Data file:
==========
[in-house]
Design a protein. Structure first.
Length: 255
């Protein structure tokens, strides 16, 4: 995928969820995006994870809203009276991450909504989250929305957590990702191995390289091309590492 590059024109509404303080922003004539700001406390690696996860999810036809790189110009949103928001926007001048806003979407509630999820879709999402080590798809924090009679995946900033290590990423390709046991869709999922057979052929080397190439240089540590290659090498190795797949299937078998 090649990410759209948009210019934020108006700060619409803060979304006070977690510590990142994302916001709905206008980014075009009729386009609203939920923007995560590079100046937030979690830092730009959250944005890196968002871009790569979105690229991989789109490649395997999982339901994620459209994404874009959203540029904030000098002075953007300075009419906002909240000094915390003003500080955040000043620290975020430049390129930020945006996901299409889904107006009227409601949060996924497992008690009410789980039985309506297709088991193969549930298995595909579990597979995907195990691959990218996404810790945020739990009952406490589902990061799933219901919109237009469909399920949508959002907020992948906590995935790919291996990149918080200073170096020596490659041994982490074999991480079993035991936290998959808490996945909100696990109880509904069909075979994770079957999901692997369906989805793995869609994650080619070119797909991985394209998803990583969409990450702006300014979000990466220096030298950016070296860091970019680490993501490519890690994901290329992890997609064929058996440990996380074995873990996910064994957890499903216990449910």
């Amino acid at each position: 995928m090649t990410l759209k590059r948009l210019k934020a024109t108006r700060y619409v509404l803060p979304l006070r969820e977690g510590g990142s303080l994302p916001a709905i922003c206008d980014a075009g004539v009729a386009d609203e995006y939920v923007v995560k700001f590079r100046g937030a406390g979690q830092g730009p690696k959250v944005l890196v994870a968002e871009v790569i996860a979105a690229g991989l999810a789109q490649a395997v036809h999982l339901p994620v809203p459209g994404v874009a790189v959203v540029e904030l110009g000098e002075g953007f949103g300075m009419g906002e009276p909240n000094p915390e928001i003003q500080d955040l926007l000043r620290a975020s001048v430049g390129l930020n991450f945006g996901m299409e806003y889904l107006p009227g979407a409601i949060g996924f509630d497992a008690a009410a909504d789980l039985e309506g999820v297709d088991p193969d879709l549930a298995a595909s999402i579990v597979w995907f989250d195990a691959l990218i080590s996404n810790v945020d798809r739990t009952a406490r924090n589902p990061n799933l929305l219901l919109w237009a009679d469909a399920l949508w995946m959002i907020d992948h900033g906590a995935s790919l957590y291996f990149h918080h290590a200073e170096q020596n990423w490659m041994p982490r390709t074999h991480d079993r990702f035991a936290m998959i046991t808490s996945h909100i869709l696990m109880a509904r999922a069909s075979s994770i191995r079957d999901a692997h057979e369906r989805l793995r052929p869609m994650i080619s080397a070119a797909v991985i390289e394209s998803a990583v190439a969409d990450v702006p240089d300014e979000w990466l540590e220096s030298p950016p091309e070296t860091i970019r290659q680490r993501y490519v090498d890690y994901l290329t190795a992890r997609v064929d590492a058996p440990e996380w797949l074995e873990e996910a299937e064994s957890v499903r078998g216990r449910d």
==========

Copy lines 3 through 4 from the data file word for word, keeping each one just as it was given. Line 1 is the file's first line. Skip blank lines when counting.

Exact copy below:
Length: 255
């Protein structure tokens, strides 16, 4: 995928969820995006994870809203009276991450909504989250929305957590990702191995390289091309590492 590059024109509404303080922003004539700001406390690696996860999810036809790189110009949103928001926007001048806003979407509630999820879709999402080590798809924090009679995946900033290590990423390709046991869709999922057979052929080397190439240089540590290659090498190795797949299937078998 090649990410759209948009210019934020108006700060619409803060979304006070977690510590990142994302916001709905206008980014075009009729386009609203939920923007995560590079100046937030979690830092730009959250944005890196968002871009790569979105690229991989789109490649395997999982339901994620459209994404874009959203540029904030000098002075953007300075009419906002909240000094915390003003500080955040000043620290975020430049390129930020945006996901299409889904107006009227409601949060996924497992008690009410789980039985309506297709088991193969549930298995595909579990597979995907195990691959990218996404810790945020739990009952406490589902990061799933219901919109237009469909399920949508959002907020992948906590995935790919291996990149918080200073170096020596490659041994982490074999991480079993035991936290998959808490996945909100696990109880509904069909075979994770079957999901692997369906989805793995869609994650080619070119797909991985394209998803990583969409990450702006300014979000990466220096030298950016070296860091970019680490993501490519890690994901290329992890997609064929058996440990996380074995873990996910064994957890499903216990449910």